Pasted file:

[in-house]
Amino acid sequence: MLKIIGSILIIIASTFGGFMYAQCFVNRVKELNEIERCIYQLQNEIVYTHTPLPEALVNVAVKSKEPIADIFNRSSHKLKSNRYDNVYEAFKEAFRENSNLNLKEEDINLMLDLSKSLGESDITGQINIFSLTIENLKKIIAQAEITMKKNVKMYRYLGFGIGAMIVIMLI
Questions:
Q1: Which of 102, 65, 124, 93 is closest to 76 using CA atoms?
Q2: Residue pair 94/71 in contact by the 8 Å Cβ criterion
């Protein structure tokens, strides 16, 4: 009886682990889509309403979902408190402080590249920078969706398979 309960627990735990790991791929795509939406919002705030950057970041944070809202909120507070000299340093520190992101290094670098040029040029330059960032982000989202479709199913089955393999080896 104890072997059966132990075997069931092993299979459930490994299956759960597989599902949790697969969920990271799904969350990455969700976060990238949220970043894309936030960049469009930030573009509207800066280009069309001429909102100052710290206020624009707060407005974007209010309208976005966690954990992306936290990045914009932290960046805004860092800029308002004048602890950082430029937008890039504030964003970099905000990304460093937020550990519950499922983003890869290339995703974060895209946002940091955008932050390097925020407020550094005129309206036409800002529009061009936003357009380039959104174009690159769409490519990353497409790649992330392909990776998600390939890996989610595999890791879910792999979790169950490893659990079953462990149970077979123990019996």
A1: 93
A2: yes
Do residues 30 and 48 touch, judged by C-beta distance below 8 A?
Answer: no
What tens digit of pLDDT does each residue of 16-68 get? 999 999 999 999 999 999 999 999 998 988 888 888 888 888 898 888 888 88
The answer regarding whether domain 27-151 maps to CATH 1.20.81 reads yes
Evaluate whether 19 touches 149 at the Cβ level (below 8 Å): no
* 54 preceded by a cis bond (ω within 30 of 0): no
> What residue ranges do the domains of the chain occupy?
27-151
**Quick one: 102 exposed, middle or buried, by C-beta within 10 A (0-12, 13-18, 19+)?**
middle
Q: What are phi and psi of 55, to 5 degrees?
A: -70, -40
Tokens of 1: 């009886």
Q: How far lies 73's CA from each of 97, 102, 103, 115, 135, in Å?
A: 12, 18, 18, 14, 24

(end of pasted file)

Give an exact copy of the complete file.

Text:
[in-house]
Amino acid sequence: MLKIIGSILIIIASTFGGFMYAQCFVNRVKELNEIERCIYQLQNEIVYTHTPLPEALVNVAVKSKEPIADIFNRSSHKLKSNRYDNVYEAFKEAFRENSNLNLKEEDINLMLDLSKSLGESDITGQINIFSLTIENLKKIIAQAEITMKKNVKMYRYLGFGIGAMIVIMLI
Questions:
Q1: Which of 102, 65, 124, 93 is closest to 76 using CA atoms?
Q2: Residue pair 94/71 in contact by the 8 Å Cβ criterion
């Protein structure tokens, strides 16, 4: 009886682990889509309403979902408190402080590249920078969706398979 309960627990735990790991791929795509939406919002705030950057970041944070809202909120507070000299340093520190992101290094670098040029040029330059960032982000989202479709199913089955393999080896 104890072997059966132990075997069931092993299979459930490994299956759960597989599902949790697969969920990271799904969350990455969700976060990238949220970043894309936030960049469009930030573009509207800066280009069309001429909102100052710290206020624009707060407005974007209010309208976005966690954990992306936290990045914009932290960046805004860092800029308002004048602890950082430029937008890039504030964003970099905000990304460093937020550990519950499922983003890869290339995703974060895209946002940091955008932050390097925020407020550094005129309206036409800002529009061009936003357009380039959104174009690159769409490519990353497409790649992330392909990776998600390939890996989610595999890791879910792999979790169950490893659990079953462990149970077979123990019996």
A1: 93
A2: yes
Do residues 30 and 48 touch, judged by C-beta distance below 8 A?
Answer: no
What tens digit of pLDDT does each residue of 16-68 get? 999 999 999 999 999 999 999 999 998 988 888 888 888 888 898 888 888 88
The answer regarding whether domain 27-151 maps to CATH 1.20.81 reads yes
Evaluate whether 19 touches 149 at the Cβ level (below 8 Å): no
* 54 preceded by a cis bond (ω within 30 of 0): no
> What residue ranges do the domains of the chain occupy?
27-151
**Quick one: 102 exposed, middle or buried, by C-beta within 10 A (0-12, 13-18, 19+)?**
middle
Q: What are phi and psi of 55, to 5 degrees?
A: -70, -40
Tokens of 1: 């009886």
Q: How far lies 73's CA from each of 97, 102, 103, 115, 135, in Å?
A: 12, 18, 18, 14, 24